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1,000-Tonne Claw Arrives to Clear Baltimore Ship Channel

Grab claw
Courtesy USACE

Published Apr 22, 2024 4:50 PM by The Maritime Executive

Efforts to clear the wreckage of the Key Bridge out of Baltimore's ship channel took a big step forward Monday with the arrival of a 1,000-tonne hydraulic grab. The massive claw will be used to extract the tangled mess of debris that lies embedded in the mud on the channel bottom, restoring the waterway to its normal navigable depth. 

So far, the salvage crews have been working to cut and lift larger pieces of the bridge structure that remain above the surface, while pulling up smaller debris with a midsize grab. About 1,300 tonnes of steel have been removed so far, according to the Army Corps of Engineers. The newly-arrived grab could accelerate the effort by taking full advantage of the lifting capacity of the largest crane on the East Coast, the Chesapeake 1,000. 

Courtesy USACE

Time is of the essence for local businesses. Global shipping quickly adapted to the shutdown, and the near-closure of Port of Baltimore has had little measurable impact on the broader national economy, according to the Federal Reserve. But for Baltimore-area companies that depend on the operation of the port, every day that goes by without a shipping channel is a day of lost revenue and lost wages. Certain Midwestern equipment manufacturers that use Baltimore for ro/ro shipping have also been affected. The state of Maryland has enacted grant and wage-supplement programs to help local businesses stay open, but the support cannot fully offset the impact for all companies.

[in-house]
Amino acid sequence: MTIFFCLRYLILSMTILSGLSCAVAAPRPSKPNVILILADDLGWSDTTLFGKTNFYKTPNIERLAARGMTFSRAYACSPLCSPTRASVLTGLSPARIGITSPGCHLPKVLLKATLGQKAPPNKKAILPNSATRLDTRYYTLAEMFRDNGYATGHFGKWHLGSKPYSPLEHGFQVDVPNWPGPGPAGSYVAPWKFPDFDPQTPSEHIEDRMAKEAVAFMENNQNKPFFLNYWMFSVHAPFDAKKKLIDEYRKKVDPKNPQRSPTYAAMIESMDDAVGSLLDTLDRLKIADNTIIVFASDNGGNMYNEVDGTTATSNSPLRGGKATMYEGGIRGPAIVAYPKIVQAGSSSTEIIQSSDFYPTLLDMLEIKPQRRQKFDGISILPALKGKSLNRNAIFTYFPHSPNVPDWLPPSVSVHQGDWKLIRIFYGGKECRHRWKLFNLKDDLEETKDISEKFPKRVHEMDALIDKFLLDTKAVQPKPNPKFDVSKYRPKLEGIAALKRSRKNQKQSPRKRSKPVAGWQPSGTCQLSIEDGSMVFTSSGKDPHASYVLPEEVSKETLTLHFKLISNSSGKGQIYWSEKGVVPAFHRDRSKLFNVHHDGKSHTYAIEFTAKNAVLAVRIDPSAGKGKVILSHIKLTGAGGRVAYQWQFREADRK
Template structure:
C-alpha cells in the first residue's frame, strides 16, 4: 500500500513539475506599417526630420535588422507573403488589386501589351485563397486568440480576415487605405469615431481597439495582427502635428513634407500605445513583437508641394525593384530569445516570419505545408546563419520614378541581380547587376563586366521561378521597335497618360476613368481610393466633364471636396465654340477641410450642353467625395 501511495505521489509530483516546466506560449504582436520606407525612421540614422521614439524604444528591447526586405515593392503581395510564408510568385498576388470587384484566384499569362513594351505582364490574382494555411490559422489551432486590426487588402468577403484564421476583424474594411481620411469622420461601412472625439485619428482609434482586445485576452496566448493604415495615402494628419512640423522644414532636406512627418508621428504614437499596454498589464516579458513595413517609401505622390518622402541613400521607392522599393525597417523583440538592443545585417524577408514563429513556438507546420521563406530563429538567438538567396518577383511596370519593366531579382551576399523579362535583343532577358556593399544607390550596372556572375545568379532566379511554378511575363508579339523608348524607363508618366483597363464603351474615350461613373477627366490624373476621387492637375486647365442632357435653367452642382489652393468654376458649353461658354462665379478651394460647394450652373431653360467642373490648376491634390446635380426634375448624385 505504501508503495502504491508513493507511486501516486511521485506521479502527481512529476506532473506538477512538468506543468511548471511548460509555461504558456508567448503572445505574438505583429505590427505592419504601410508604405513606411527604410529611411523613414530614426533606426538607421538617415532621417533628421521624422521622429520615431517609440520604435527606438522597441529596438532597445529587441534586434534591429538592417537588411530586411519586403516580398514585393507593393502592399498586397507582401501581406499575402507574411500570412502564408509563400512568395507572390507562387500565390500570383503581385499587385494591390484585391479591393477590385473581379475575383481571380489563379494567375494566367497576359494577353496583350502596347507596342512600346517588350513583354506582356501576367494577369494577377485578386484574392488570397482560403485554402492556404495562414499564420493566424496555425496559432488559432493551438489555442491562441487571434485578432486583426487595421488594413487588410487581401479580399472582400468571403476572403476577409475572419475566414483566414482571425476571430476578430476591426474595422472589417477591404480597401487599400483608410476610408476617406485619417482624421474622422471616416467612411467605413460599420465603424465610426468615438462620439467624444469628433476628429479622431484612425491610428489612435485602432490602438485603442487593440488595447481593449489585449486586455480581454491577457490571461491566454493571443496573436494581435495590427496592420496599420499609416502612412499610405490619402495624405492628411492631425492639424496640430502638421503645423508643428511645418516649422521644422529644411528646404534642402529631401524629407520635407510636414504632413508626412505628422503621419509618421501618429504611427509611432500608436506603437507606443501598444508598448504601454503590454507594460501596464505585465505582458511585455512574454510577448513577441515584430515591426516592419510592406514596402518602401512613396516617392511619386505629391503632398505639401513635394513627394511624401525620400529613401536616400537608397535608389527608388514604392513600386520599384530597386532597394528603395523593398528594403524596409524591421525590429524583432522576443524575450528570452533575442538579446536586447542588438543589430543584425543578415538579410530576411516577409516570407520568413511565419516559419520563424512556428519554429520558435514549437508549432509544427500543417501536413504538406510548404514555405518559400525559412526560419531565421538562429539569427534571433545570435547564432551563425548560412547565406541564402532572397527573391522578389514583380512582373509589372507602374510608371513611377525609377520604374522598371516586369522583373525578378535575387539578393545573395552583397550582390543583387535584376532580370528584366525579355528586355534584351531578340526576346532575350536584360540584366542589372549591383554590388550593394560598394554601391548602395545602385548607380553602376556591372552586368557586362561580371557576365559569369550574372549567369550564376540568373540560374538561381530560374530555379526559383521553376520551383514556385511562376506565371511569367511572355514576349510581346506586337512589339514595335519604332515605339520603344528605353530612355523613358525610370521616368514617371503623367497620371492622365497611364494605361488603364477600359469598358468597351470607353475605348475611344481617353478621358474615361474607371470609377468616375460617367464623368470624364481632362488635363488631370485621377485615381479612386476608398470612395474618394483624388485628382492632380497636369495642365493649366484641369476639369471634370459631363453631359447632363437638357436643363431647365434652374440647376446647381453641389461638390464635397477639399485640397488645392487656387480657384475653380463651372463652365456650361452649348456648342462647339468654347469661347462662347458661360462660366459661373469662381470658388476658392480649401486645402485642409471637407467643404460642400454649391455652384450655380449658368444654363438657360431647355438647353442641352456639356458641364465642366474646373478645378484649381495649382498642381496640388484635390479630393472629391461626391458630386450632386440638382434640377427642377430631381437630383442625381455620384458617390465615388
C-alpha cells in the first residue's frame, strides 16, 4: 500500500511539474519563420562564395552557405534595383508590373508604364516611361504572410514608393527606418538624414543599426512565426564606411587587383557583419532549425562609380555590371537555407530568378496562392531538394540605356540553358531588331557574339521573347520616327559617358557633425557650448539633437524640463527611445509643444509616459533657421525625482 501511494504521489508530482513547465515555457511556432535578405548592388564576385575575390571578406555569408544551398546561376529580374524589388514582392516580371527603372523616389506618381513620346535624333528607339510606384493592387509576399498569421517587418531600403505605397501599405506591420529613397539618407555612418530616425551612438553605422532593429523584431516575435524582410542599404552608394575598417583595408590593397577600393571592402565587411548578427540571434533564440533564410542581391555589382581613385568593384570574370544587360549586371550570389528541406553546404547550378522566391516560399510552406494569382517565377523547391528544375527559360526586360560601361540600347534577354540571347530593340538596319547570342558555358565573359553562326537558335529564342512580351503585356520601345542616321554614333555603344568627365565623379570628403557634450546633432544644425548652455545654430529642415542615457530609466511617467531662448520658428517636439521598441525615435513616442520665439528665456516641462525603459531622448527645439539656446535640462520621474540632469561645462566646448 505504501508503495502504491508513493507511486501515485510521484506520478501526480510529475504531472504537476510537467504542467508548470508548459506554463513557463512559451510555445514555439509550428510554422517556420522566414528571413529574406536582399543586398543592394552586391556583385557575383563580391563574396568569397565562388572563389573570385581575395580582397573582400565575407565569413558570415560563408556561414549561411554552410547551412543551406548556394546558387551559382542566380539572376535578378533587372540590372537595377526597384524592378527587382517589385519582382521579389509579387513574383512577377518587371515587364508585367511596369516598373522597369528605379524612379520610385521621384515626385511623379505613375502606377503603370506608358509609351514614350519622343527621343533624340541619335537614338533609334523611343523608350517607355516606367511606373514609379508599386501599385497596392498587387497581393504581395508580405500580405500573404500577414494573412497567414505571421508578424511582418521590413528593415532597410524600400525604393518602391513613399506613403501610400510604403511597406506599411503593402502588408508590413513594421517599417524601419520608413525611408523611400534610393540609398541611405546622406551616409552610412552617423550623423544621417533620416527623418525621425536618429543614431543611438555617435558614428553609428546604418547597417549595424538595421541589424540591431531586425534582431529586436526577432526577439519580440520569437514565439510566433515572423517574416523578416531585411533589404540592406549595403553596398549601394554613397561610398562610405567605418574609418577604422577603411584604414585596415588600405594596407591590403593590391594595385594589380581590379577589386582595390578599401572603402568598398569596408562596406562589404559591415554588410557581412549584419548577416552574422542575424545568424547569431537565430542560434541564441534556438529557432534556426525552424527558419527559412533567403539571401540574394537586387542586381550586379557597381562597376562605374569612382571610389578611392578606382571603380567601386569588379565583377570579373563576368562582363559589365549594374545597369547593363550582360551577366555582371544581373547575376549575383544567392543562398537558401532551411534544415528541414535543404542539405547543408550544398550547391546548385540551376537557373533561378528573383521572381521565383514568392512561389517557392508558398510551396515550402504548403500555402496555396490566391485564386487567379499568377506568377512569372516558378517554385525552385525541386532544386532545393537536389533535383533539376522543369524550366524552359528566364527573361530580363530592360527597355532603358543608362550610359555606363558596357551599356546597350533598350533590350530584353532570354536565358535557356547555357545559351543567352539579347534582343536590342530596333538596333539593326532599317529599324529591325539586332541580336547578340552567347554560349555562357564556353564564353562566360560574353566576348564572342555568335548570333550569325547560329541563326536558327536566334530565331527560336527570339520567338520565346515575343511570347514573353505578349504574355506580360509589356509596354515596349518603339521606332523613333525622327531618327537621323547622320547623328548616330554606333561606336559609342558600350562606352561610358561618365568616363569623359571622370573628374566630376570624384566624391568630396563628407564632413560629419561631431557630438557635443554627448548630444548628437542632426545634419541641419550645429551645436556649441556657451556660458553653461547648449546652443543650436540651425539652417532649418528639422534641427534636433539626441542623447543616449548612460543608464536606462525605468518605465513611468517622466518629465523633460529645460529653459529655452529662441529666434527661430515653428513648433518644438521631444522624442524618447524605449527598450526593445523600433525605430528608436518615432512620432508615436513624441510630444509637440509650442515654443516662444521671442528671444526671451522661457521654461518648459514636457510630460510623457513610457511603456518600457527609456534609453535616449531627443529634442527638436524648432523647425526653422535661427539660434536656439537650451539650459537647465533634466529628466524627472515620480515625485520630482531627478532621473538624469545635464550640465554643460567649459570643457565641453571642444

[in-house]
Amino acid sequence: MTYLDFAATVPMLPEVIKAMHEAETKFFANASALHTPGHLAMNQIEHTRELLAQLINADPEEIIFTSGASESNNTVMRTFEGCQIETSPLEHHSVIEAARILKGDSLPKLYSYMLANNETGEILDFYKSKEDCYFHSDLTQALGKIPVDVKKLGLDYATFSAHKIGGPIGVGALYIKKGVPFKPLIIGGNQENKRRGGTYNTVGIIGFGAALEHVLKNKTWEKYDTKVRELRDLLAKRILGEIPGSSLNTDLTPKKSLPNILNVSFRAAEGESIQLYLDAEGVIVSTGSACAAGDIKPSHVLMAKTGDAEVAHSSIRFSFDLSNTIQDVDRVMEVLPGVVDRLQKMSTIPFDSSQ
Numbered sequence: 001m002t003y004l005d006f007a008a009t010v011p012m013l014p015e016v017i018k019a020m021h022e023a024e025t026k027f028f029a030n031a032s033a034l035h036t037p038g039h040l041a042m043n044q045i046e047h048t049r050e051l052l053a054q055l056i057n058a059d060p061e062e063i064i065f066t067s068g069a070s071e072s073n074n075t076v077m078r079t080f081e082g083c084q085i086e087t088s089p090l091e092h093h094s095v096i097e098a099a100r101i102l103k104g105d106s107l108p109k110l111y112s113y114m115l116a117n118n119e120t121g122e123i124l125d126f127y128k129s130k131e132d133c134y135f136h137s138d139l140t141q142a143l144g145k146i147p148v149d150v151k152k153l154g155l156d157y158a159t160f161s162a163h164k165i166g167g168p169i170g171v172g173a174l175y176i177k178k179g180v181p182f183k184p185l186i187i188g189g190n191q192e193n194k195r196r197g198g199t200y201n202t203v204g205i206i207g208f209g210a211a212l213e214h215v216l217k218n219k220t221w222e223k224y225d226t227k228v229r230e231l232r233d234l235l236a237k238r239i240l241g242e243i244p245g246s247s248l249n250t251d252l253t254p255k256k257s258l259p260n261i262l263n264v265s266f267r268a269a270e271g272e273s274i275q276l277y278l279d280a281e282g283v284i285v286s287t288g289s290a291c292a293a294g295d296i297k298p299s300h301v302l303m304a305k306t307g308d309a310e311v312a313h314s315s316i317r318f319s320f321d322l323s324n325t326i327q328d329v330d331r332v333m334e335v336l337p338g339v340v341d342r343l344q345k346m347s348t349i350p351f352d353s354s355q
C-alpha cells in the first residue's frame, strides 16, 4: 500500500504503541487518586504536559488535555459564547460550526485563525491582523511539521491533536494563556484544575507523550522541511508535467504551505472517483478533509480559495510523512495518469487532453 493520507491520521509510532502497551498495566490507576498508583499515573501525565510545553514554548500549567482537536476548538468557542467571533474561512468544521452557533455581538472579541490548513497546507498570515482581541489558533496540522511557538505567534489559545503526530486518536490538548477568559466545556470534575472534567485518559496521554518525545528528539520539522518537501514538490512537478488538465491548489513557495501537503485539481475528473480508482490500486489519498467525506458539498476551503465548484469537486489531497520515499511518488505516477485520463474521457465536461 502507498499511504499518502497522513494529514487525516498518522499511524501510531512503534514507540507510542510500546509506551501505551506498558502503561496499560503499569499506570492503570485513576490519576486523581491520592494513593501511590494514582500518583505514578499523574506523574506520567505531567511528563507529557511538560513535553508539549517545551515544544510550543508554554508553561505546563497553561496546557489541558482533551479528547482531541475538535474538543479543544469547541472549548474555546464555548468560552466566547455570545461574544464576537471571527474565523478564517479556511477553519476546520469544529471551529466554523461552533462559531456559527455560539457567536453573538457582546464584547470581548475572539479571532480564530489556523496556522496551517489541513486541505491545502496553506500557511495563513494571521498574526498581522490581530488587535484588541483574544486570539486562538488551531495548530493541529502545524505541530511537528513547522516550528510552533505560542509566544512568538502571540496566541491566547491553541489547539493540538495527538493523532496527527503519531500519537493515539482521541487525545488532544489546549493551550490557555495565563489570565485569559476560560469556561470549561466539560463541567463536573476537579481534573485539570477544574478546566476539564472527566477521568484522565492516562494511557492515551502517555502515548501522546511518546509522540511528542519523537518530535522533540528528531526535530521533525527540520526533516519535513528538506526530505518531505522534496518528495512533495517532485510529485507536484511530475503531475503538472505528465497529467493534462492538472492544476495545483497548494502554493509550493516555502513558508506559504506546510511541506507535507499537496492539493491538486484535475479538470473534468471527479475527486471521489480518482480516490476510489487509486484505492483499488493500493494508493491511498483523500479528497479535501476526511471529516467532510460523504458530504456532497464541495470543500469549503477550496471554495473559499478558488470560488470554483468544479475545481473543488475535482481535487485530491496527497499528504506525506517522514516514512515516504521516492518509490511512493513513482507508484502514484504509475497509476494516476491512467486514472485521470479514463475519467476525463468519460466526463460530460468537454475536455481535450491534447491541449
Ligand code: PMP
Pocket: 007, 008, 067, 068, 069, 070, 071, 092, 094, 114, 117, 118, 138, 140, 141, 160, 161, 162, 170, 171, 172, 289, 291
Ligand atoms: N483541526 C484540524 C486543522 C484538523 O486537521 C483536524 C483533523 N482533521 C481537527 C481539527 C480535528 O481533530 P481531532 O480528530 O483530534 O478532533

“Businesses we talked to said they can manage a short-term disruption but if the effort to reopen the channel takes longer, they then expressed greater concerns about lead times and increased costs,” the Richmond branch of the Federal Reserve said last week in a regular report. 

The Army Corps of Engineers, its Navy partners and private contractors are working at maximum safe speed to reopen the channel. In a statement, the Corps of Engineers said that it is moving ahead with "steady, precise action," minimizing the potential for errors and avoiding "unrealistic benchmarks."

The first step is to open a narrow, limited access channel of 35 feet in depth by the end of the month, followed by the full 50-foot-deep channel by the end of May. The limited channel will be big enough for ro/ros to resume service to Baltimore, which is the biggest ro/ro port in the country. 

Insurers will also be happy to see access restored, since every day of shutdown is another day of business interruption claims. The bridge strike is on track to become the costliest maritime insurance loss in history, with claims potentially exceeding $2 billlion. When coupled with other mega-losses like the Ever Given, the Tianjin blast and the Costa Concordia, the Dali is prompting some in insurance to rethink their planning for low-probability, high-cost events.  

“What’s really important is that these kinds of ‘black swan events’, as we like to think of them, are not actually as rare as the industry would like,” Nick Evans of insurtech firm Insurwave told Insurance Insider.